National Gallery of Victoria Receives ‘Unprecedented’ $74 M. Donation to Fund New Contemporary Building

The National Gallery of Victoria has received a $74 million (AUD $100 million) donation from the family of an Australian billionaire and philanthropist to fund the construction of a new building dedicated to contemporary art amid a shortfall in government funding.

The new space, The Fox: NGV Contemporary, set to be located in Melbourne’s arts precinct will be named for the donors, supply chain magnate Lindsay Fox and his wife, Paula, who serves on the board of the NGV foundation.

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The government overseeing the Australian state of Victoria and its cultural sector has invested $1.3 billion (AUD $1.7 billion) into expanding the hub that houses the NGV complex. The funding was first secured in November 2020 as part of a state-backed initiative to revamp the Melbourne Southbank arts hub.

But the museum needed more funding than was originally approved in the initial government plan, leaving the institution’s leadership to cultivate a private donor to back the the new contemporary art project, according to a report published by The Guardian.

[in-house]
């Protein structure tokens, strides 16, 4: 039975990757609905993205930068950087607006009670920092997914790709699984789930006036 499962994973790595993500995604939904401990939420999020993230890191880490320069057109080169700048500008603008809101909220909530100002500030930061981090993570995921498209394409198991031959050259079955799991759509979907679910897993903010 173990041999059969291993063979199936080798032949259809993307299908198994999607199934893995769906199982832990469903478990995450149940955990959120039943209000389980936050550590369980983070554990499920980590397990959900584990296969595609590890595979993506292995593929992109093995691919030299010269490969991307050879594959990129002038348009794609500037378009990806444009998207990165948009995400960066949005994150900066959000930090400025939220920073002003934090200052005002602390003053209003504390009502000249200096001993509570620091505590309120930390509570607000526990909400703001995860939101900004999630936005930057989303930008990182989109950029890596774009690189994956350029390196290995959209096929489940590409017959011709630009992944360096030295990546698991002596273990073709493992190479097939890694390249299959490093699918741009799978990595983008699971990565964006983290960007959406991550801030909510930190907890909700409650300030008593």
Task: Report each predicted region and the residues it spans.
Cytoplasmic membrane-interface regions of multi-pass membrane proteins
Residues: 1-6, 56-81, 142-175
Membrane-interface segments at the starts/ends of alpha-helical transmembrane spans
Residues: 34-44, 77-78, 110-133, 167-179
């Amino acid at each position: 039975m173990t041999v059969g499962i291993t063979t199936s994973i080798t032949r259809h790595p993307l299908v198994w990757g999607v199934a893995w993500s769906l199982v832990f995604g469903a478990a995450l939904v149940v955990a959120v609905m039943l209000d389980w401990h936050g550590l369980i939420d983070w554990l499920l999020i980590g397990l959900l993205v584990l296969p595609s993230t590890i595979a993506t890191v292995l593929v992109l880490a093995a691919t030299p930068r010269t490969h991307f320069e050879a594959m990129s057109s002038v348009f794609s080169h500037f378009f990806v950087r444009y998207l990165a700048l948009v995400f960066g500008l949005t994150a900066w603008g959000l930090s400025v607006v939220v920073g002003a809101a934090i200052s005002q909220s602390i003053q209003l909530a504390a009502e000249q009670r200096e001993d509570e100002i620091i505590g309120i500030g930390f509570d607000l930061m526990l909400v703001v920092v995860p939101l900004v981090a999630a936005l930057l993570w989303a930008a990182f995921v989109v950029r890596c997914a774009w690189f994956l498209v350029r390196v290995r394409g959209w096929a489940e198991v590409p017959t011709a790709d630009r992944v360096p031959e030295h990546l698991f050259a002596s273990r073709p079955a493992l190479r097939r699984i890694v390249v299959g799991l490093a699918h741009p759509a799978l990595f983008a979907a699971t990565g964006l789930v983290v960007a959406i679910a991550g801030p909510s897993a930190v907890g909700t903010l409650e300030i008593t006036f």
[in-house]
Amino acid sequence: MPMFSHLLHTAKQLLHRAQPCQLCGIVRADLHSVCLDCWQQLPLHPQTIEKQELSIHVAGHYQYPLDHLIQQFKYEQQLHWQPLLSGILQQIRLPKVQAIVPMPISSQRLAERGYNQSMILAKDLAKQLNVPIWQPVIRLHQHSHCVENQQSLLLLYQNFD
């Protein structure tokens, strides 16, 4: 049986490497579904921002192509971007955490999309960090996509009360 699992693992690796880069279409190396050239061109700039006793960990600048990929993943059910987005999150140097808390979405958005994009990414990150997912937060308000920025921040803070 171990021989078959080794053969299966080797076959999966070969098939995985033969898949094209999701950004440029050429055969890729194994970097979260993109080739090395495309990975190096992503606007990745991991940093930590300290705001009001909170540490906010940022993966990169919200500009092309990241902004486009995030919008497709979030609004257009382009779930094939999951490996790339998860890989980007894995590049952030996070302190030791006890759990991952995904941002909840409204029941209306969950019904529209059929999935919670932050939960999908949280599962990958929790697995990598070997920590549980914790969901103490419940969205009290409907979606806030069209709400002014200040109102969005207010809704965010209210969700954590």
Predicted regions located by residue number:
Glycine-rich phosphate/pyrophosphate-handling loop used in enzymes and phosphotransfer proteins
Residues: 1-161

The gift is the largest promised to an art museum in the country by a living donor. The Fox family has funded the NGV for two decades.

For the current project, the museum secured another $20 million donation from the Ian Potter Foundation, a charitable organization founded in 1964 by a prominent Australian financier.

The building will be the third site belonging to the National Gallery of Victoria (NGV), which will include a 43,000 foot exhibition space with a 130-foot-high circular hall located in the Southbank behind the NGV International. Australian architecture firm Angelo Candalepas and Associates has been selected to design the new space.

Major gifts from private donors have long sustained the 161-year-old Melbourne museum. Pharmacist Alfred Felton allocated half of his wealth posthumously in 1904 to fund the museum.

The gift is due to significantly widen the museum’s reach. The new space is estimated to draw another 1 million visitors to the arts precinct. In a statement to ARTnews, the museum’s director, Tony Ellwood said the project will be “a global beacon for tourism and a leading cultural destination for the region.”

Daniel Andrews, the head of the Victorian government, described the plan to transform the Melbourne museum hub as “the biggest cultural infrastructure project ever undertaken in Australia,” in a statement announcing the plan in 2020.

In addition to exhibiting contemporary art, the new space will showcase work that spans categories in design, fashion and architecture.

“Never could we have imagined this level of generosity,” Ellwood remarked. “It is unprecedented in both the 161 years history of our institution, as well as the Australian cultural sector.”


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